Anybody who knows Brett Preuett of the University of Louisiana-Monroe knows he loves fishing, but he proved just how “hooked” he is Monday as he fished his way to the finals of the Carhartt Bassmaster College Series.
For starters, Preuett and Bethel University’s Zach Parker fished their way to the final matchup of the tournament Tuesday with the winner going to the world championship BASS Masters Classic.
Preuett endured a string of bad luck to get there. He lost several keeper sized bass. And his favorite topwater lure. But he also endured fishing for more than four hours with two 2/0 treble hooks lodged firmly in the back of his neck after an errant cast. The hooks had to be removed by a doctor.
“I tried to make a long cast in a hurry, but left too much line out and snagged myself in the neck. It hit so hard that it straightened out the split rings,” he said. “But, I wouldn’t stop fishing for anything. If I had a toe cut off I’d probably try to keep fishing because I love it so much.”
It’s that drive that’s gotten Preuett this far, put a limit weighing 9-5 in his boat Monday, and got him past the bad luck he endured today, but his fiercest competition comes tomorrow. Preuett said that the most difficult obstacle for him to overcome in the finals is execution. “I’ve got to capitalize on my bites and put fish in the boat,” he said. “That’s been hurting me, and I know Zach’s going to catch ’em tomorrow, so I’m going to have get each bite into the boat.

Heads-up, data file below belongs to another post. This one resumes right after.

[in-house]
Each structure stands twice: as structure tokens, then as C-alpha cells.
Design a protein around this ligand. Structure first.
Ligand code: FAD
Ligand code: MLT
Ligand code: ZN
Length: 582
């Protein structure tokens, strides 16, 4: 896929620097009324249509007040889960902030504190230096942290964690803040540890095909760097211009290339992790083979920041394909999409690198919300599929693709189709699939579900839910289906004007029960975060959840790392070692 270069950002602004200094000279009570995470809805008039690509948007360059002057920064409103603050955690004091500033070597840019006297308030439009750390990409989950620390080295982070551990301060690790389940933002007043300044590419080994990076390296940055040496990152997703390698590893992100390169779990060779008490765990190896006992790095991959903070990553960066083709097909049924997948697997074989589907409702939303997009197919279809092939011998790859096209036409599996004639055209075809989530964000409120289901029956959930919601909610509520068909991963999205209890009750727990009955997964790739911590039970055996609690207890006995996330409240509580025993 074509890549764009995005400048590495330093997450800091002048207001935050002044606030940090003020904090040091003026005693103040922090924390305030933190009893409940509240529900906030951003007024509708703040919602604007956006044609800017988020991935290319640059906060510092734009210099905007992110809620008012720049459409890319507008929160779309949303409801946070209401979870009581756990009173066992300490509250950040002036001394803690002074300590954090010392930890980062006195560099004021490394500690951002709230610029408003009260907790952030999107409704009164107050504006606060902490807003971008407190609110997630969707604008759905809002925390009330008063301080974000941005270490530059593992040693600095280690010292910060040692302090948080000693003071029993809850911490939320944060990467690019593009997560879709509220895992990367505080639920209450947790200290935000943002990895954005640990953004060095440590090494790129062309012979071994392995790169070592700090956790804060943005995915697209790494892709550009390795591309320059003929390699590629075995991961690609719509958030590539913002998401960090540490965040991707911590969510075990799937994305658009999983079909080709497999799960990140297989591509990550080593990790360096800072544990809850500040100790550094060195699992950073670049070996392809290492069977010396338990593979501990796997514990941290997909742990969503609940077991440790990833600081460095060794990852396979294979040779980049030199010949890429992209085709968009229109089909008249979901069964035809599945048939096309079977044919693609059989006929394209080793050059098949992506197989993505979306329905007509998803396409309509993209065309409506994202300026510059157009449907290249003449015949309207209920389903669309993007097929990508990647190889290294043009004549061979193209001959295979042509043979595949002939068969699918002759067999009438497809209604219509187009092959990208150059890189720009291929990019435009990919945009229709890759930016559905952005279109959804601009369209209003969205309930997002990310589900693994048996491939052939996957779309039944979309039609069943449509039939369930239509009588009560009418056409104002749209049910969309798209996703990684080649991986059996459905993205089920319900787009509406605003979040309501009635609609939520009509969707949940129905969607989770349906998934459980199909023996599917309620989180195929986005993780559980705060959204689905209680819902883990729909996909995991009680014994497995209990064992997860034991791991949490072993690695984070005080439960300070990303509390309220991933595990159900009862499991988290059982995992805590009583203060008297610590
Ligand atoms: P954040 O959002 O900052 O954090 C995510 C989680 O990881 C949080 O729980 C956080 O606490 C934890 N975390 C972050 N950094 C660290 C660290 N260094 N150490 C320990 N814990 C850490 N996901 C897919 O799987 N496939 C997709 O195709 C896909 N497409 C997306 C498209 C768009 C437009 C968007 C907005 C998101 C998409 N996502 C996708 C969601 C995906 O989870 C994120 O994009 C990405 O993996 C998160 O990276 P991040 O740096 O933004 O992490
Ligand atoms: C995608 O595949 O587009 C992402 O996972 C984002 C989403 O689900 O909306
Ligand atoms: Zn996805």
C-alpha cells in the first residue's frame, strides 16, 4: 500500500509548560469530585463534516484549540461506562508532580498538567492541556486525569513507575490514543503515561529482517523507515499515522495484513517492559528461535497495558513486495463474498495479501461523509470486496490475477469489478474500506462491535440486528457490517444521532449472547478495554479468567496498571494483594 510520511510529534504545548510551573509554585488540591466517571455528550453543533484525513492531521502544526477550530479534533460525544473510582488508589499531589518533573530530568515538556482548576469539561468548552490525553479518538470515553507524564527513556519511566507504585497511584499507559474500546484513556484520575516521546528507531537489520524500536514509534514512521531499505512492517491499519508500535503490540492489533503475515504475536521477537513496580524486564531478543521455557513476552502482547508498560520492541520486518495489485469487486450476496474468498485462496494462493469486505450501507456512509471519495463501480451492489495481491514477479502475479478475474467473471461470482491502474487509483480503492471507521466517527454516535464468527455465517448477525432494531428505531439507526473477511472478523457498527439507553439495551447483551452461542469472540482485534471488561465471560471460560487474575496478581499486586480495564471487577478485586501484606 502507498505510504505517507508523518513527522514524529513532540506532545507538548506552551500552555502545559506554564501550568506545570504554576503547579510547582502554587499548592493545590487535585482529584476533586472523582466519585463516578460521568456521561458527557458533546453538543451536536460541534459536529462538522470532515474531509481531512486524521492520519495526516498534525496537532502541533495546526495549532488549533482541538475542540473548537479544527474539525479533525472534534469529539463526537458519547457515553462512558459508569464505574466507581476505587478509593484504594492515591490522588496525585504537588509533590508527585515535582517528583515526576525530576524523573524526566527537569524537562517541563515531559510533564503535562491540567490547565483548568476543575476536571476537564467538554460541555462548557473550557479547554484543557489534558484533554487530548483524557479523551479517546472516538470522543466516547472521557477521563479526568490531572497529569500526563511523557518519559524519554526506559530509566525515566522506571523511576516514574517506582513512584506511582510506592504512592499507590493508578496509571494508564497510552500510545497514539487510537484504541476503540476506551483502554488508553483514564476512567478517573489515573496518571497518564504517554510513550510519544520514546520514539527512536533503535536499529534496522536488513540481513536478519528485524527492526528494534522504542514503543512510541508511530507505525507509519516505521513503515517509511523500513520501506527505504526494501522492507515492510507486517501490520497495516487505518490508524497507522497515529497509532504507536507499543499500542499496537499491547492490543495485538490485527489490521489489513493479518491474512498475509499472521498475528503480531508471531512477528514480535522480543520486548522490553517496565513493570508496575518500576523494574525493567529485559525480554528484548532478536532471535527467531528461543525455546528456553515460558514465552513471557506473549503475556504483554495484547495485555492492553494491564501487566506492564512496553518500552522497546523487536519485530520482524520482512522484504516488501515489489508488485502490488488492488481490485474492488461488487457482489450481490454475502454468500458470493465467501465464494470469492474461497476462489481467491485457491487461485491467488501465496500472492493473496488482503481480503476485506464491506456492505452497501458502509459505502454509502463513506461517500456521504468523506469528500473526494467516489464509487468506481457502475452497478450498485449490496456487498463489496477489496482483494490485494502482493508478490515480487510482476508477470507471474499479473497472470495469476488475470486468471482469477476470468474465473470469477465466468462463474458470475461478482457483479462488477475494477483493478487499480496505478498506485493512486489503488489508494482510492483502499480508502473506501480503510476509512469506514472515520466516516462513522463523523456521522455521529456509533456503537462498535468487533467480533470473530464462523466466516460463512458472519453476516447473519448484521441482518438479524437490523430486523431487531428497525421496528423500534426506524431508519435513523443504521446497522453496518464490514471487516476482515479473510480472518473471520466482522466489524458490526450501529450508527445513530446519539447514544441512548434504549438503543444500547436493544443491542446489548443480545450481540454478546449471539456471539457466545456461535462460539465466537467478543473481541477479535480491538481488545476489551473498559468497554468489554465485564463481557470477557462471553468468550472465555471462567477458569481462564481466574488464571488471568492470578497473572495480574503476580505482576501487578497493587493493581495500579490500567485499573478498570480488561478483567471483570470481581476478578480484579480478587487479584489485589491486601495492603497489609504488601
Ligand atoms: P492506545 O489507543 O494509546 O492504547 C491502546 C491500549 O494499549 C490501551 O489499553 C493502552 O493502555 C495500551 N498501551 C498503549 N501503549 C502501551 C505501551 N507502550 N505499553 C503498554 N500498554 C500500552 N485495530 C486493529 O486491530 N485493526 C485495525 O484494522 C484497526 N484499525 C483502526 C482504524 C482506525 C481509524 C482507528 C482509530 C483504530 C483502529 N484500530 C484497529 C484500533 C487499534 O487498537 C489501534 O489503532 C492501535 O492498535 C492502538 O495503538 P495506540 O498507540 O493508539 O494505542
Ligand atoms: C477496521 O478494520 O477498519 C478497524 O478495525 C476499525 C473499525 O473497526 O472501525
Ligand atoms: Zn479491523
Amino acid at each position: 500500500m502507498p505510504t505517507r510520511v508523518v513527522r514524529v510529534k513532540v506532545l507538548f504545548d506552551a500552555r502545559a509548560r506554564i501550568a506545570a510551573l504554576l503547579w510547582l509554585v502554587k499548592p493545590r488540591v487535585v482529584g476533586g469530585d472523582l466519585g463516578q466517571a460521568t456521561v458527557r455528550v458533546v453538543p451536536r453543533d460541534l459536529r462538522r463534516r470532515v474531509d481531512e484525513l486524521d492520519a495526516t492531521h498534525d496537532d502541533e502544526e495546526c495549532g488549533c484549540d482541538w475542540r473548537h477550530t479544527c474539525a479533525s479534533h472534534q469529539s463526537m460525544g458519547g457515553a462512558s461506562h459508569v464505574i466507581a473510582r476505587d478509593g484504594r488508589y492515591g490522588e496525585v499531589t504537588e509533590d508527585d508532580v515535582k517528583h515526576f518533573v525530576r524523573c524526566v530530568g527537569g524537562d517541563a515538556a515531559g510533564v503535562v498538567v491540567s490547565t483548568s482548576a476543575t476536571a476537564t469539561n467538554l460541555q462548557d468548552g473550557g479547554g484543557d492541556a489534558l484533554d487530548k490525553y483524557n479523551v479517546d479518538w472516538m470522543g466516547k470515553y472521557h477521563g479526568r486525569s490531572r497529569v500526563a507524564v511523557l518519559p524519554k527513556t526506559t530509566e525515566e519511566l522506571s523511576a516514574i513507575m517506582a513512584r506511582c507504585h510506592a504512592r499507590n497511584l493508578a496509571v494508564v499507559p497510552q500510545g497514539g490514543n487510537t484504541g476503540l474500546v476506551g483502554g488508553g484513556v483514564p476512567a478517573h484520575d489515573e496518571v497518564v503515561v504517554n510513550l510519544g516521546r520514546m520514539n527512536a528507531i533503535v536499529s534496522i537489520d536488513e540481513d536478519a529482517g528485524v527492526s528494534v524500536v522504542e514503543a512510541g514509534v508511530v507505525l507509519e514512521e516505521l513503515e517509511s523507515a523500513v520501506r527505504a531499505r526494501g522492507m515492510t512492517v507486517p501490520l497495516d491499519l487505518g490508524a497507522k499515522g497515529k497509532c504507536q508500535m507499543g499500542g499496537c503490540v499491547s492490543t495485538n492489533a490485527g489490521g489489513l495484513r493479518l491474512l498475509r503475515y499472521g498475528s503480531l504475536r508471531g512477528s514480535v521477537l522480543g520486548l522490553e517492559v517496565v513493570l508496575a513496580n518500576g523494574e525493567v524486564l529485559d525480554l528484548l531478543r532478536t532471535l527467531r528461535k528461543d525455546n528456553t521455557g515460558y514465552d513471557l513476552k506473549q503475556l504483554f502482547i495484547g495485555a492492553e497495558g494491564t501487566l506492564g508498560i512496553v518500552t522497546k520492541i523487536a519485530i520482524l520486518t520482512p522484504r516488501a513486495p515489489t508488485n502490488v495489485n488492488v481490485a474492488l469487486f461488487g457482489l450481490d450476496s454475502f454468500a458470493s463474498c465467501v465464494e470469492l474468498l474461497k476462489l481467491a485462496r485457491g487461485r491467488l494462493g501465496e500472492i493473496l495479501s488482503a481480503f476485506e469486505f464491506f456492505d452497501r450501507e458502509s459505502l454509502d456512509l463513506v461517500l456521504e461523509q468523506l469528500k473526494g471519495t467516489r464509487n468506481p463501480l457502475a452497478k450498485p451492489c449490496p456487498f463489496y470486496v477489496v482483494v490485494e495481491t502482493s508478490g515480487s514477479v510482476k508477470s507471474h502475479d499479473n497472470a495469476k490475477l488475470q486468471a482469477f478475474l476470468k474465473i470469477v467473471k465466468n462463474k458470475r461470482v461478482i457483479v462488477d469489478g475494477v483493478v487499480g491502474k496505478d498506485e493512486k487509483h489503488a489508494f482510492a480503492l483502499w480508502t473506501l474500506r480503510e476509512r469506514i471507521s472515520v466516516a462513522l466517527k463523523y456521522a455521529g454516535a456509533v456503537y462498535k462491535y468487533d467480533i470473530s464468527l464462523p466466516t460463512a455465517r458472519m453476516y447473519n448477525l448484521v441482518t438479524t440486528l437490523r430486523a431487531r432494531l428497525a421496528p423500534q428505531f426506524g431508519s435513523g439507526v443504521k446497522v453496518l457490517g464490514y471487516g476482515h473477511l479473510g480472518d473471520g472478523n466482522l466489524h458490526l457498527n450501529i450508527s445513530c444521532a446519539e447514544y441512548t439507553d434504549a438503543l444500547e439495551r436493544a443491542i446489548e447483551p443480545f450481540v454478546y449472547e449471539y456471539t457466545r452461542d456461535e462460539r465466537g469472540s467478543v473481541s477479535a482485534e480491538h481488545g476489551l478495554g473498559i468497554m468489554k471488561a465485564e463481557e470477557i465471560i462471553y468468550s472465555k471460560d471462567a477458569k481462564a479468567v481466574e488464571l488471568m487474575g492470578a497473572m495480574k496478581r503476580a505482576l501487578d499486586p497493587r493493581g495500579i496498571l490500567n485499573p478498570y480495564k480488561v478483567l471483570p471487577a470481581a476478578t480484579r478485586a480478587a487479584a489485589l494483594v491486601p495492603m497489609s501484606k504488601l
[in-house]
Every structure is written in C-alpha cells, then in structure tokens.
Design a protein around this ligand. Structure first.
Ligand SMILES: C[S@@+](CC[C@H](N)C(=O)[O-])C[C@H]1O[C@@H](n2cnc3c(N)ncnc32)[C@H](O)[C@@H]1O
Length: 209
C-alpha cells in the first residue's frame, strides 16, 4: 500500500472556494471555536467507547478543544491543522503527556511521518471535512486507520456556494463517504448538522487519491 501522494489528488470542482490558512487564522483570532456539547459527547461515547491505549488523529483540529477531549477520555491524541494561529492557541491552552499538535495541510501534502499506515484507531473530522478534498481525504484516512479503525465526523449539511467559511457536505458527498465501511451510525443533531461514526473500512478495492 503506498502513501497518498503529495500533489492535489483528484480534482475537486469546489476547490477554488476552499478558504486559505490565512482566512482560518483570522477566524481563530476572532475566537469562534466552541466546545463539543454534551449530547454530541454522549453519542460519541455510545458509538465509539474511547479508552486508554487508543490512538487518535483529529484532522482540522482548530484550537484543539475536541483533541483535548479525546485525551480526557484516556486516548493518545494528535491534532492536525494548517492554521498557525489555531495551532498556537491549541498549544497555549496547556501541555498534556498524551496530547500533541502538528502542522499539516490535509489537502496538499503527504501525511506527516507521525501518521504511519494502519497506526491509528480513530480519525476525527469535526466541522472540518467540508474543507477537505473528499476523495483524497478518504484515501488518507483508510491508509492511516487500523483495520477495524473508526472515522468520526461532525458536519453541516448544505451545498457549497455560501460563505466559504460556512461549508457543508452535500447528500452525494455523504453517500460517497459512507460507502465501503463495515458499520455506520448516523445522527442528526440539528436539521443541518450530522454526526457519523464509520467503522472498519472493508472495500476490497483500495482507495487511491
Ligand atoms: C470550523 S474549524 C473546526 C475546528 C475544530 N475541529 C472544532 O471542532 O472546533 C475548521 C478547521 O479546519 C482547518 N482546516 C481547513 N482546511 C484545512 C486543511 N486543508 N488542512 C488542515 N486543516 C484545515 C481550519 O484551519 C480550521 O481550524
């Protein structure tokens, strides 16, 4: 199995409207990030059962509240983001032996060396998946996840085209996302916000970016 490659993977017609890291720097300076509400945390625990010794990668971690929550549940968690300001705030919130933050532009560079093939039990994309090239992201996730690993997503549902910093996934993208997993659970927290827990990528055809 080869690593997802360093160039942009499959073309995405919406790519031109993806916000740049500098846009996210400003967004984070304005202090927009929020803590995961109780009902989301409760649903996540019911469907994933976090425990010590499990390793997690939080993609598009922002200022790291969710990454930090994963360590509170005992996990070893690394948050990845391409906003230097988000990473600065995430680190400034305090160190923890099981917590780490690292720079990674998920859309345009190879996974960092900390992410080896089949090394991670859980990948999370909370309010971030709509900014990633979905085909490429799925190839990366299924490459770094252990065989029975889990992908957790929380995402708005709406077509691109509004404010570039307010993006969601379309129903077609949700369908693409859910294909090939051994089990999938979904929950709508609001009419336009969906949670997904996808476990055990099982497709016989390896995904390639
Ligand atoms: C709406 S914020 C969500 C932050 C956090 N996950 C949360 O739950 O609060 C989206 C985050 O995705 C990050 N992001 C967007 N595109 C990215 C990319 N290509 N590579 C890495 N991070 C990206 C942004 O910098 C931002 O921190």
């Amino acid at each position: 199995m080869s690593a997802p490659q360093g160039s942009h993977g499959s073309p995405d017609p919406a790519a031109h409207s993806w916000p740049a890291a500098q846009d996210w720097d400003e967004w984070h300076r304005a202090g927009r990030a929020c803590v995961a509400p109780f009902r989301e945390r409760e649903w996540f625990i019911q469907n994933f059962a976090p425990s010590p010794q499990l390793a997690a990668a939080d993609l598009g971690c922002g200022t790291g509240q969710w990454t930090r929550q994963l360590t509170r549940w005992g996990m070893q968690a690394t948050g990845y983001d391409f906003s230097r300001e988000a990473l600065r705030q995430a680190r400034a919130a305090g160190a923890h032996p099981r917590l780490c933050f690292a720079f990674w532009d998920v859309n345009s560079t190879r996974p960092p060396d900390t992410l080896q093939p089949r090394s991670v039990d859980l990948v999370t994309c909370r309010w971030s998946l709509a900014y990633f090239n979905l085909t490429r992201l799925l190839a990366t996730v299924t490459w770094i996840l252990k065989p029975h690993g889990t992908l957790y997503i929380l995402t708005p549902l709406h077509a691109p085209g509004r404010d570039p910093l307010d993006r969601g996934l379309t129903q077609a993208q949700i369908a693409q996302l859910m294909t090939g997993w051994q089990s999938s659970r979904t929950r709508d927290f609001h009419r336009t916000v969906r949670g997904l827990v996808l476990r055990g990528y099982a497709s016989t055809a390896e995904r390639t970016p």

Opposite of Preuett’s bad luck has been Bethel University’s Zach Parker. He’s not lost a single fish for several days, and everything has gone his way so far. His 5-fish limit of 9-9 Monday put him in the finals.
“I only got six keeper bites, and I think I’m going to change some stuff up tomorrow,” Parker said. “I saw some stuff today that I think will help me tomorrow if I can adjust to it. The lake is changing a lot, and I think it’s changing right now, so I’ve got to make some adjustments to keep it going.”
Today’s final will mark the ninth straight day for the fishermen to be in competition on the water — three days of practice and three actual tournament days for the college team championship followed by three days of the individual tournament. One thing is for sure, whichever fisherman wins tomorrow, next year’s Classic will have picked up a classy, competitive new contender!